Commerce, Science, & Transportation
Energy & Natural Resources
Environment & Public Works
Ethics
Finance
Foreign Relations
Homeland Security & Government Affairs
Health, Education, Labor, & Pensions
Indian Affairs
Intelligence
Judiciary
Rules & Administration
Small Business & Entrepreneurship
Veterans' Affairs “This Constitution, and the laws of the United States which shall be made in pursuance thereof; and all treaties made, or which shall be made, under the authority of the United States, shall be the supreme Law of the Land; and the judges in every state shall be bound thereby, any thing in the Constitution or laws of any state to the contrary notwithstanding.” The Supremacy Clause Article VI, Sect 1, Clause 2 Often Viewed In Contrast To The 10th Amendment: "The powers not delegated to the United States by the Constitution, nor prohibited by it to the States, are reserved to the States respectively, or to the people." Federal Judiciary (Supreme Court - Supreme Judiciary Powers of the Fed Gov't) The Executive Branch (Powers & Responsibilities of the President) Primary Role & Responsibility of the Executive Branch: Enforce laws passed by Congress. Chief of State
Chief Executive
Chief Administrator
Chief Diplomat
Commander in Chief Responsibilities & Roles of the US President as Defined by the US Constitution (Article 2, Sect 1 & 2): DVD Video On Presidential Powers & Mandates Federal War Powers Article 1, Sect 8, Clause 11 states – Congress shall have the power…”To declare war…”

Article 2, Sect 2, Clause 2 states – “The President shall be Commander in Chief of the Army and Navy of the United States, and of the Militia of the several States, when called into the actual Service of the United States…” The United states has officially declared war only five times in its history: 1) War of 1812 (1812)
2) Mexican-American War (1846)
3) Spanish-American War (1898)
4) World War One (1917)
5) World War Two (1941) Passed in the wake of the Vietnam War.
Requires that the President notify Congress within 48 hours of committing troops to combat.
Forbids armed forces from remaining in combat for more than 60 days without Congressional resolution authorizing force or a formal declaration of war.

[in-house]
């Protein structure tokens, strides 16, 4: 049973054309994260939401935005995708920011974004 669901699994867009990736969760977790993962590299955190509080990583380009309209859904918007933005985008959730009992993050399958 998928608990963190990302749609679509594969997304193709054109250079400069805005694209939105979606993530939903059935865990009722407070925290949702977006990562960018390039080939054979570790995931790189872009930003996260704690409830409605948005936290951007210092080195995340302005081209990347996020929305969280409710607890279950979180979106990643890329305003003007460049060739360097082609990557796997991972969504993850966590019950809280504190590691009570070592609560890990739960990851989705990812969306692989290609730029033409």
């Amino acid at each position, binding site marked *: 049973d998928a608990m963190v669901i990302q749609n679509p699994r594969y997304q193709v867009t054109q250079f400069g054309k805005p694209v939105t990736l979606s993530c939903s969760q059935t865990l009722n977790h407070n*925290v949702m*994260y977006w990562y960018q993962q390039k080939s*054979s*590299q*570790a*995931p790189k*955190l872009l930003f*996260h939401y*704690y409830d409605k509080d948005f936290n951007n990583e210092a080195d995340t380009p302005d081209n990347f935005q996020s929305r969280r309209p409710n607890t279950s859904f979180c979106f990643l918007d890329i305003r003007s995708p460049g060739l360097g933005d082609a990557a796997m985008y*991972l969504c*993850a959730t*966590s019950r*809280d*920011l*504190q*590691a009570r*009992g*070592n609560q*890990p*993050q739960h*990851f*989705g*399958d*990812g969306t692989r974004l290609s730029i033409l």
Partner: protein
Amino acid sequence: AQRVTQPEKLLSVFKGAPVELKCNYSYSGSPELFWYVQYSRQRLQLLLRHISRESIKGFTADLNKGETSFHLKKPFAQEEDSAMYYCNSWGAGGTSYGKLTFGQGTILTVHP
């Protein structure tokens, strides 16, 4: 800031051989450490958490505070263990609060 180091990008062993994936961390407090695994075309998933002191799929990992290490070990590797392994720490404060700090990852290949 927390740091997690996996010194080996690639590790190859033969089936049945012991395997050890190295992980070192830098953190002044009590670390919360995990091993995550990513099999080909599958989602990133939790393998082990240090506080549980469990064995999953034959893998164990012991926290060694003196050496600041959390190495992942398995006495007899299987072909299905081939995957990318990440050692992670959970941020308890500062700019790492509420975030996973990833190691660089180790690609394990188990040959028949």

Passed by a 2/3 majority vote of Congress, overriding a Presidential veto (Nixon Administration). The Presidential War Powers Resolution of 1973 Every President since Nixon has considered the Pres War Powers Resolution unconstitutional. Purpose: Place a limit on Presidential power to commit troops to combat without Congressional approval. The Power of Judicial Review Not mentioned anywhere in the Constitution.

Established by the Supreme Court case Marbury v Madison (1803): Ruled that because the Supreme Court was the “...supreme judicial power of the US,” it has the power to interpret the “Supreme Law of the Land” (i.e. the Constitution). Judicial Review – The power of the Supreme Court to interpret the Constitution. Federalism 1) The states must organize, conduct, and finance all elections from the local and regional levels, to the state level, to the national level. (Art 1, Sect 4)

2) States must take part in the Constitutional amendment and ratification process. (Art 5) 1) The National Gov’t must guarantee each state a republican form of government. (Art 4, Sect 4)

2) The National Gov’t must protect states from foreign invasion and domestic violence. (Art 4, Sect 4)

3) The National Gov’t must respect the territorial integrity of each individual state. (Art 4, Sect 3) Federal Obligations to the States According to the Constitution: State Obligations to the Federal Gov’t According to the Constitution: Why does the United States wage war? Individual Liberties Protected by the 27 Amendments Examples of Federalism in the US Constitution